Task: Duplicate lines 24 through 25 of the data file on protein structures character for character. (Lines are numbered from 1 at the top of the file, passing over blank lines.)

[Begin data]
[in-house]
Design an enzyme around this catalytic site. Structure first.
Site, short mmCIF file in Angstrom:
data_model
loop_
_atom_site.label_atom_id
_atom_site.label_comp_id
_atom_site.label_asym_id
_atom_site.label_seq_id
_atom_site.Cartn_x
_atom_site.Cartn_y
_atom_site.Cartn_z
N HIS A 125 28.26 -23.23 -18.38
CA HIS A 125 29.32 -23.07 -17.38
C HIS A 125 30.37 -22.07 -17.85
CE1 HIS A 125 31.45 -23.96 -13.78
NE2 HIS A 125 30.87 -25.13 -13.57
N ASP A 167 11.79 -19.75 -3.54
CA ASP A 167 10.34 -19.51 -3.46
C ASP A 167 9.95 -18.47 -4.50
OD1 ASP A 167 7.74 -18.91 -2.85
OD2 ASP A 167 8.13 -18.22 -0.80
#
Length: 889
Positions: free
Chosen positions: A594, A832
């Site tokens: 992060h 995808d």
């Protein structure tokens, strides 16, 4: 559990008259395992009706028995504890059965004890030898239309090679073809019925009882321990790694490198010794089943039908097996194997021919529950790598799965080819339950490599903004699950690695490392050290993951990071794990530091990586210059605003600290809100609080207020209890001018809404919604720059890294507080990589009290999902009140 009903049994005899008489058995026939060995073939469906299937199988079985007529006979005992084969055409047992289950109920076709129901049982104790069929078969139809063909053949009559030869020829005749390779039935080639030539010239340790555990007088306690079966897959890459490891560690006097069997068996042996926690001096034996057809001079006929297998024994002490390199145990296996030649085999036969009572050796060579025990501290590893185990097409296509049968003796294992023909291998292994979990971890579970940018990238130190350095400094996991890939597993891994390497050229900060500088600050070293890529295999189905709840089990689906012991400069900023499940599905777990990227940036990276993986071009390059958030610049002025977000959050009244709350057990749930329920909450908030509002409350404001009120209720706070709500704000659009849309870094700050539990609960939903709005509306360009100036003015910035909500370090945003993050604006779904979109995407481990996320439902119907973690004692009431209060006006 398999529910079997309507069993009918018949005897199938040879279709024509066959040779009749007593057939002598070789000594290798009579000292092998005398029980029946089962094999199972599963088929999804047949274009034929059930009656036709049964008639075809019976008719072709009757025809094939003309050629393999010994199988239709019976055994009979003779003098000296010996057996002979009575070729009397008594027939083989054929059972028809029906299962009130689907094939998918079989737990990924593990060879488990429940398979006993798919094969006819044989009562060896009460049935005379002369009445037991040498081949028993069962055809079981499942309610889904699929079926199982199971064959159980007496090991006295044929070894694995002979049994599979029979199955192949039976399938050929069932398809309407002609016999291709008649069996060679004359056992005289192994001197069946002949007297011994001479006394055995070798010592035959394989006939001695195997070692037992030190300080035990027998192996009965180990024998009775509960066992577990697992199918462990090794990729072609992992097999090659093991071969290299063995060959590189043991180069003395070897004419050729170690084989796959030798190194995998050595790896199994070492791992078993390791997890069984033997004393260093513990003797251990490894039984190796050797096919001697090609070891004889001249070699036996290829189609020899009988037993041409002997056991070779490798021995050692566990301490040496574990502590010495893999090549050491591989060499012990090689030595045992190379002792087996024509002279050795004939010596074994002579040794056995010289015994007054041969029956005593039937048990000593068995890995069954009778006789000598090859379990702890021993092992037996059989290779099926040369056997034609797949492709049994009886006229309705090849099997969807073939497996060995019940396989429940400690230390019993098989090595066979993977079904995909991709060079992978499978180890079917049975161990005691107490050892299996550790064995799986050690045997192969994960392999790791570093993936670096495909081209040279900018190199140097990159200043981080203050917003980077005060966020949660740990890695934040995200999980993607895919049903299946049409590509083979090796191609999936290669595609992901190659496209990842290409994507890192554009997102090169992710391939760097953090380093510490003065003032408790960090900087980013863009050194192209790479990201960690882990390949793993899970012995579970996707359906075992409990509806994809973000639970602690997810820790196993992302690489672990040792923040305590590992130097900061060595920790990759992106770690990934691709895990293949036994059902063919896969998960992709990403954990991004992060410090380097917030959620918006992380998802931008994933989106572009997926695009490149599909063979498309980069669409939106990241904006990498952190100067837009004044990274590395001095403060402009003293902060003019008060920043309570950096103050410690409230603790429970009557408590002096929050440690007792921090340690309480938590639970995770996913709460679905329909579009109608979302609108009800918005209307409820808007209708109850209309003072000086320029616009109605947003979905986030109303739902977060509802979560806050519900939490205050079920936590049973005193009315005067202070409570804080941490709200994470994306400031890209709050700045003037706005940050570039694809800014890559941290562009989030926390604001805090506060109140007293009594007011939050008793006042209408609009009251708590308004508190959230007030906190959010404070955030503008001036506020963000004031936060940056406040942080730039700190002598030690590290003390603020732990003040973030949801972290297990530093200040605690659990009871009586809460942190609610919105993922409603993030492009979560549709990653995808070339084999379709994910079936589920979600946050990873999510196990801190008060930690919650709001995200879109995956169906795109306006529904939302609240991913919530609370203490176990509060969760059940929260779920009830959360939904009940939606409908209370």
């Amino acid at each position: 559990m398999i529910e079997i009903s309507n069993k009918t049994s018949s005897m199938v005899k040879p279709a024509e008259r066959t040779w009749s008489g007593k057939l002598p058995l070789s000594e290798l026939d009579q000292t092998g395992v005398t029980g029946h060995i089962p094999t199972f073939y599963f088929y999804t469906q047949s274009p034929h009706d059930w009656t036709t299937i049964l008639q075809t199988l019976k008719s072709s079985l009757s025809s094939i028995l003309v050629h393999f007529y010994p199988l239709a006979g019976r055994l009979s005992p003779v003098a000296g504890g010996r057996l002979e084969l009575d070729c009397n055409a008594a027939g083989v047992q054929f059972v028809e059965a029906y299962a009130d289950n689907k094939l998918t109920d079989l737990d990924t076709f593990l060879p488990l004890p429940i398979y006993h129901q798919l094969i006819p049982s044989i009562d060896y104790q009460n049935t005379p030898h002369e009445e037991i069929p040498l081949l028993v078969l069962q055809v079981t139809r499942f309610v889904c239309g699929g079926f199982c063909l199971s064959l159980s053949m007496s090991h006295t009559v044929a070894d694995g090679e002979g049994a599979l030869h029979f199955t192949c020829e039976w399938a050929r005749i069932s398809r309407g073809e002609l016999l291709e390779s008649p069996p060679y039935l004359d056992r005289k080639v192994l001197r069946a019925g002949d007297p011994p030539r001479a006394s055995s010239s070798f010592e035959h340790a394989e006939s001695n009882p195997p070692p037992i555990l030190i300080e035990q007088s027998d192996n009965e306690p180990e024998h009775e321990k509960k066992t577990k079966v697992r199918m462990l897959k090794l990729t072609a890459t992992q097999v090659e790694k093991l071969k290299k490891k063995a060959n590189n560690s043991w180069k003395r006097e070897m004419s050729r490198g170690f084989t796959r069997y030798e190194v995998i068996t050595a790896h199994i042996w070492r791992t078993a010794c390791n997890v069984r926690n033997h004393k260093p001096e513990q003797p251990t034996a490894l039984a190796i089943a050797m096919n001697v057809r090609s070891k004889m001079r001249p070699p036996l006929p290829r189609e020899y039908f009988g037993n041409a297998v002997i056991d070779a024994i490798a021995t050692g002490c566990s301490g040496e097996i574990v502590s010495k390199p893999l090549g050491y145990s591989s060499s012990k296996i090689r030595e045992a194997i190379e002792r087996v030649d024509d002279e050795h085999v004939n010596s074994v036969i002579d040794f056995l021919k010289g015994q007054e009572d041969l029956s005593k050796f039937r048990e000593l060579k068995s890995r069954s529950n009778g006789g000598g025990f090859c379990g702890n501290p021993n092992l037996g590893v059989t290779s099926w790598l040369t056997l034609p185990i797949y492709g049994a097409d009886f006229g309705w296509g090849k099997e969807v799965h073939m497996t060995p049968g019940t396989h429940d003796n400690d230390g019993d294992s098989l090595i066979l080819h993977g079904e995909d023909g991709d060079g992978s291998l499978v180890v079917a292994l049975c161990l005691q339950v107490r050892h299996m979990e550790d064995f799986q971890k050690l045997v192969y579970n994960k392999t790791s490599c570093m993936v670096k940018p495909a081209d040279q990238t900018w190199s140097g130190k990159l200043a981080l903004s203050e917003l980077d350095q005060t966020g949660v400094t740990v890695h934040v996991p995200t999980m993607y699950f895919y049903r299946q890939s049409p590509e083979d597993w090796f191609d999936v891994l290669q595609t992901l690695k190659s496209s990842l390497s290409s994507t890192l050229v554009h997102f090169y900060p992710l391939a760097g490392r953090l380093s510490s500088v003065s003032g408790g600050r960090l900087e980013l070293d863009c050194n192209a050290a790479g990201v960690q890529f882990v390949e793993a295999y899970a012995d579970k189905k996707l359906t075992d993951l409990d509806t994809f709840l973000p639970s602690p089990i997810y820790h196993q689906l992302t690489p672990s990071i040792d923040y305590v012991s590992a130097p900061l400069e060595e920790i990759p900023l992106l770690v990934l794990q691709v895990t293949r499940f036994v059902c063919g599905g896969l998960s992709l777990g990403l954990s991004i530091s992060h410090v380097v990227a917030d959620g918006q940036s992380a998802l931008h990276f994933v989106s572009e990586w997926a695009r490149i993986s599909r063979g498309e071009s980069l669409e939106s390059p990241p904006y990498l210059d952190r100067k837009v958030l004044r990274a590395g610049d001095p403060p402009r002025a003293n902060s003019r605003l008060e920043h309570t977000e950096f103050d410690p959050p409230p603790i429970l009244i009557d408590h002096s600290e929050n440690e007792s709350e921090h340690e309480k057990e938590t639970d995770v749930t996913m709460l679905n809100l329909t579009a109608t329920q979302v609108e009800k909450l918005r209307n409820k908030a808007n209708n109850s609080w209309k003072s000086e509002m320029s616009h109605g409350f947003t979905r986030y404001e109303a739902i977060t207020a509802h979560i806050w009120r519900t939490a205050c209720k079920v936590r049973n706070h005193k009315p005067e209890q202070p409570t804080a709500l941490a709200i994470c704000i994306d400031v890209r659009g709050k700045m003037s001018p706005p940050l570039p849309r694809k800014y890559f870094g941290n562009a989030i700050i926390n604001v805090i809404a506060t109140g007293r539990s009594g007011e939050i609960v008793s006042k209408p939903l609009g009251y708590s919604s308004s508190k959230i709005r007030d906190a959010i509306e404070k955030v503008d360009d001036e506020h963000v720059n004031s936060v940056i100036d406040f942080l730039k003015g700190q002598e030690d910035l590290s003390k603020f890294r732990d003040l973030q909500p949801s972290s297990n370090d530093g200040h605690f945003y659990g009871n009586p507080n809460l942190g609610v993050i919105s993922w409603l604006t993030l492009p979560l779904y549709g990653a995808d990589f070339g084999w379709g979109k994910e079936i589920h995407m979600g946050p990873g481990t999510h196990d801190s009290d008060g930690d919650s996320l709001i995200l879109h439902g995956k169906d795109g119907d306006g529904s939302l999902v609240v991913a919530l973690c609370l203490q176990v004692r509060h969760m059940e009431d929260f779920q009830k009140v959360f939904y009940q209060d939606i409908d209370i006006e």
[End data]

Length: 889
Positions: free